What Is Trabeculectomy Surgery?

It was the best of times, it was the worst of times…”  If this well known opening to Charles Dickens’ Tale of Two Cities were to be rewritten as “It was the best of glaucoma surgeries, it was the worst of glaucoma surgeries,…” it would accurately describe trabeculectomy.  Why is it that trabeculectomy is both heralded by glaucoma surgeons as the “gold standard” in glaucoma surgery treatment while at the same time it is feared by well-informed patients as well as regretted by many who have had it done?  How can we reconcile this seeming paradox?
Trabeculectomy, also known as filtering surgery, has been around since 1968.  Clearly it must have great value in the treatment of glaucoma to have survived essentially unchanged for half a century.  As glaucoma surgeries go, it is the most likely surgery to lower the intraocular pressure (IOP) into the low teens, or even below 10mmHg.   Few other glaucoma surgeries can achieve such impressive IOP reduction and none do so as often as trabeculectomy.  However, this comes at great potential cost to the patient.  This cost is not a financial one as nearly every insurance (including Medicaid) covers this surgery.  The cost is in the form of risks, side effects, and post-operative lifestyle limitations.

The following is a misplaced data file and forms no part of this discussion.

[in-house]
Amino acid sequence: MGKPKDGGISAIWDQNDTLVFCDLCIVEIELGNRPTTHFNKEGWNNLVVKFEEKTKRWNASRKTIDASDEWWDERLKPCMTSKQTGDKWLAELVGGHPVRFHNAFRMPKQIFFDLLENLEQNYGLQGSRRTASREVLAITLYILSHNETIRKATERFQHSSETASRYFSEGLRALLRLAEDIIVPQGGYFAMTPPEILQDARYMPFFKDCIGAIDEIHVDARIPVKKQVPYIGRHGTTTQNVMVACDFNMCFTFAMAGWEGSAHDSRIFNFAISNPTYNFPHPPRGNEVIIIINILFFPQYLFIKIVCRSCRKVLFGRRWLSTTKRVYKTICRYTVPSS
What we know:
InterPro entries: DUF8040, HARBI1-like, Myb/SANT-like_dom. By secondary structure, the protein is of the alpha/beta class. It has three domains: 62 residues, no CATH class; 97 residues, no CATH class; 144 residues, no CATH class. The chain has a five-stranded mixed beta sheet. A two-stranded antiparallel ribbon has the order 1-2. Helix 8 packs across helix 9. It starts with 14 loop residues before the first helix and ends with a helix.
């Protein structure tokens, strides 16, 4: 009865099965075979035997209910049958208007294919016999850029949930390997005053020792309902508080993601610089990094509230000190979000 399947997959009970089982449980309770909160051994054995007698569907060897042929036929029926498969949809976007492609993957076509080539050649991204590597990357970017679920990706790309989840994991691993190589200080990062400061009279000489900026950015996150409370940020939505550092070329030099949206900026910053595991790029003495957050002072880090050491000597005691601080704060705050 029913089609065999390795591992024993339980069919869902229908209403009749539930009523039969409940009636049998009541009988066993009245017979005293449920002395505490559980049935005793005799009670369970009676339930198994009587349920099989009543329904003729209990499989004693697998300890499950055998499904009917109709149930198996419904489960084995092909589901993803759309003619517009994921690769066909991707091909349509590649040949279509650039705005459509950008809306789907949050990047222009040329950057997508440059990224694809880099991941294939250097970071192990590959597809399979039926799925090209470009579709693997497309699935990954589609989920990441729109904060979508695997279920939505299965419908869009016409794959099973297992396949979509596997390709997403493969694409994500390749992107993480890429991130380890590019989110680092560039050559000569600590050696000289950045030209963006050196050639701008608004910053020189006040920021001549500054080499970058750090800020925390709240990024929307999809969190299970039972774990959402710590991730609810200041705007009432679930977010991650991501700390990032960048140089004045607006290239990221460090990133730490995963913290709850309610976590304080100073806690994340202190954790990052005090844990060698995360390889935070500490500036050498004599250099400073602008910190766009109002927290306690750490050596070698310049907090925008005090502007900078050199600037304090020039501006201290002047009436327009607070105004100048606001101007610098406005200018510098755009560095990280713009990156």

Trabeculectomy Risks

 
In order to understand good, the bad, and the ugly ↬“The Good, the Bad and the Ugly (1966 film) aspects of trabeculectomy, it is necessary to understand a bit about the surgery itself.  The more common forms of glaucoma are thought to be caused by an obstruction of the eye’s drainage system: trabecular meshwork, Schlemm’s canal, and associated collector channel system.  Thus, if one could effectively bypass the obstruction then fluid could exit the eye and the IOP would be lowered.  Trabeculectomy does exactly that – bypassing the obstruction by creating a fistula (hole) in the wall of the eye (sclera) that allows fluid to bypass the obstruction. Read more: http://new-glaucoma-treatments.com/trabeculectomy-surgery-glaucoma/#ixzz3ANC70JX1
Source: David Richardson, MD
 

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